Background: Chronic obstructive pulmonary disease (COPD) patients are thought to have limited bronchodilator response, determined by changes in forced expiratory volume in 1 s (FEV1). In this study, we assessed bronchodilator response in patients with COPD using not only FEV1 but also changes in lung volume expressed as forced vital capacity (FVC) and inspiratory capacity (IC). We also evaluated the speed of onset of bronchodilation. Methods: Data were from 2 randomized, double-blind, placebo-controlled studies (6-months [NCT00206154]; 12-months [NCT00206167]) in patients with moderate to very severe COPD. Treatments: twice daily budesonide/formoterol pressurized metered-dose inhaler (pMDI) 320/9 μg, budesonide/formoterol pMDI 160/9 μg, formoterol dry powder inhaler (DPI) 9 μg, placebo. Results: The percentage of patients with FEV1 improvement (≥12% and ≥200 mL; American Thoracic Society [ATS] criterion) was 34-39% post-albuterol (screening). On day of randomization (DOR), a larger proportion receiving formoterol-containing treatment exhibited reversibility within 60 min: FEV1 (57-59%). Similar results were seen for IC (50-61%) and FVC (57-67%) using the same improvement criteria. The time to ≥15% FEV1 improvement on DOR was 5.0, 4.8, and 7.3 min for budesonide/formoterol 320/9, budesonide/formoterol 160/9, and formoterol, respectively. Time to ≥15% FEV1 improvement was better maintained with budesonide/formoterol than formoterol at treatment end (6 and 12 months). Conclusions: Most patients with moderate to very severe COPD exhibit ATS-defined bronchodilator reversibility based on flow and lung volume measures after budesonide/formoterol pMDI or formoterol treatment. Budesonide/formoterol pMDI also has a rapid (within 5 min) onset of bronchodilation that is maintained over time compared with formoterol alone.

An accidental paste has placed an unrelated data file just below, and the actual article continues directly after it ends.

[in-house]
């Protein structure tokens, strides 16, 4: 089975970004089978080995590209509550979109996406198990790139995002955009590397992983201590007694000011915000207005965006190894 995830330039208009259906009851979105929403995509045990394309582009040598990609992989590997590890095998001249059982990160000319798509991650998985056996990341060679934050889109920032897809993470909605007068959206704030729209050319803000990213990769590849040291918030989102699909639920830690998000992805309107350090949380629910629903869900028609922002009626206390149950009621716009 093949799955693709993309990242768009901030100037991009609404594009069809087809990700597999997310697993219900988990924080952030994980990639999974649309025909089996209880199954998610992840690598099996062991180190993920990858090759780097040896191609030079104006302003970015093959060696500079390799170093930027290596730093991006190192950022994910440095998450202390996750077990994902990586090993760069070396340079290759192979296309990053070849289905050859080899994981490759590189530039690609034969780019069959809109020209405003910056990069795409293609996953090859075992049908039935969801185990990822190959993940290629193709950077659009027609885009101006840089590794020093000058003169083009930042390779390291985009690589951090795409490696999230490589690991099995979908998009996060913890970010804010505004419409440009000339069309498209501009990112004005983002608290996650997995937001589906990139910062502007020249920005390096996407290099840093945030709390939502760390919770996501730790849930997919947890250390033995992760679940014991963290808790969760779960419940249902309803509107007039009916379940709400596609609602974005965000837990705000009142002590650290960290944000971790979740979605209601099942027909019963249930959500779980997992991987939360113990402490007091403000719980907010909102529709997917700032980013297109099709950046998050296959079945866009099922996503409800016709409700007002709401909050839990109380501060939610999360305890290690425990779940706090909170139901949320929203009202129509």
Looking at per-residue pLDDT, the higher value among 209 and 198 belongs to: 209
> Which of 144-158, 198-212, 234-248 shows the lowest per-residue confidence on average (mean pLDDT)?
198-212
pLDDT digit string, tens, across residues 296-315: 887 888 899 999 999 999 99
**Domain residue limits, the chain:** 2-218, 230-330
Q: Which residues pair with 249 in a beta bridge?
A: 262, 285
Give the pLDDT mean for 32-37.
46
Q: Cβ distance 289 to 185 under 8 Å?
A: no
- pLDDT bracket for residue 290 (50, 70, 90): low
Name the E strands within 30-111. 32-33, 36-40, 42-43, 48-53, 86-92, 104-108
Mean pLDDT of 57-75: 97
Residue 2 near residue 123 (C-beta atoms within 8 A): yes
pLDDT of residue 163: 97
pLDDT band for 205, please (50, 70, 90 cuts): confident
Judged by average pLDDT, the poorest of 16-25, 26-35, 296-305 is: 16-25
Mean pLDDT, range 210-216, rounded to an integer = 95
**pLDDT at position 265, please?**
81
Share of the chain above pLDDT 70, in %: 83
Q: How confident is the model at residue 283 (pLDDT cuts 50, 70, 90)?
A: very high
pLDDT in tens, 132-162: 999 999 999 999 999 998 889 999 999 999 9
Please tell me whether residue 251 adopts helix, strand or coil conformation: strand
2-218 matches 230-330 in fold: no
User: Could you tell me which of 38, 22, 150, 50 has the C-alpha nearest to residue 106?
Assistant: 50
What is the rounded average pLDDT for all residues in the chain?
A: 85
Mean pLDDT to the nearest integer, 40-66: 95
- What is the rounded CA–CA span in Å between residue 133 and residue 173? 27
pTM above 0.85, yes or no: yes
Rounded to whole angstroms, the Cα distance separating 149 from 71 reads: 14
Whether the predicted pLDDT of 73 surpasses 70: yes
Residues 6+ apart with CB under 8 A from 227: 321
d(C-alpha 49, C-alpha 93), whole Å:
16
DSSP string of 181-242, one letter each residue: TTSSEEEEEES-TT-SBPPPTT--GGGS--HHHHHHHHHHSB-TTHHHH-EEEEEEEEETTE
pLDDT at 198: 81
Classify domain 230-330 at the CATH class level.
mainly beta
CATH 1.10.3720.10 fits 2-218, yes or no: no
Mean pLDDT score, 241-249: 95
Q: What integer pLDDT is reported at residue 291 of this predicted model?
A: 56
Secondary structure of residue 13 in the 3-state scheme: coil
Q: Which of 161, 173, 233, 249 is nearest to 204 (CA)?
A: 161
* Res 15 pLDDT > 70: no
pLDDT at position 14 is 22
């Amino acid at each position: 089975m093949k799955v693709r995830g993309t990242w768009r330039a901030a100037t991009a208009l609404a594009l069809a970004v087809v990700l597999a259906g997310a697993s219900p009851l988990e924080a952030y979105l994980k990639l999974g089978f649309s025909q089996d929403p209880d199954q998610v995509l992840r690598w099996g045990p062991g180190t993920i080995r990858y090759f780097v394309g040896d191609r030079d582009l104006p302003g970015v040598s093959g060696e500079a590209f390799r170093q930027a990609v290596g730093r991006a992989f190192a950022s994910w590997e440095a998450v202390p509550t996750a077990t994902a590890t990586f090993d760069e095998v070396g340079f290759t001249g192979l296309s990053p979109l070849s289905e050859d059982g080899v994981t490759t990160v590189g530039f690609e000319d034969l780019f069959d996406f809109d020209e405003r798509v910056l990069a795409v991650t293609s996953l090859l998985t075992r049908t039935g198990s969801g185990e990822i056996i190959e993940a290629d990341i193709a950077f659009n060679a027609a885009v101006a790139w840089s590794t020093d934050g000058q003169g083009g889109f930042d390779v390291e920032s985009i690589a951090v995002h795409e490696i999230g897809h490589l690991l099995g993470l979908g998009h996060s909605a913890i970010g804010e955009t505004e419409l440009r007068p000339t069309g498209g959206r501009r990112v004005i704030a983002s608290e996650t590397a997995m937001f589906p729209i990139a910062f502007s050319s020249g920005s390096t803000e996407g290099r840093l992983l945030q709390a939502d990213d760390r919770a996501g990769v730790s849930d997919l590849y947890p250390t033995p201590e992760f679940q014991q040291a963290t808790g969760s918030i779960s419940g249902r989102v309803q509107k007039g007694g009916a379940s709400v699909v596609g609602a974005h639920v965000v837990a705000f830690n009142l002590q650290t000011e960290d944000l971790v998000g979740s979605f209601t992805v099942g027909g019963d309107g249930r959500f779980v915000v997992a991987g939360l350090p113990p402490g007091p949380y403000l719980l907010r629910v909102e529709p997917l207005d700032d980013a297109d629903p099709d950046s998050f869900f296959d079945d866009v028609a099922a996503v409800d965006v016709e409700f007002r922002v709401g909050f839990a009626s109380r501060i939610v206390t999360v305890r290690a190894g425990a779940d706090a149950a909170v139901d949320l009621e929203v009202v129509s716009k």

- Lung volume
- Onset of effect
ASJC Scopus subject areas
- Pulmonary and Respiratory Medicine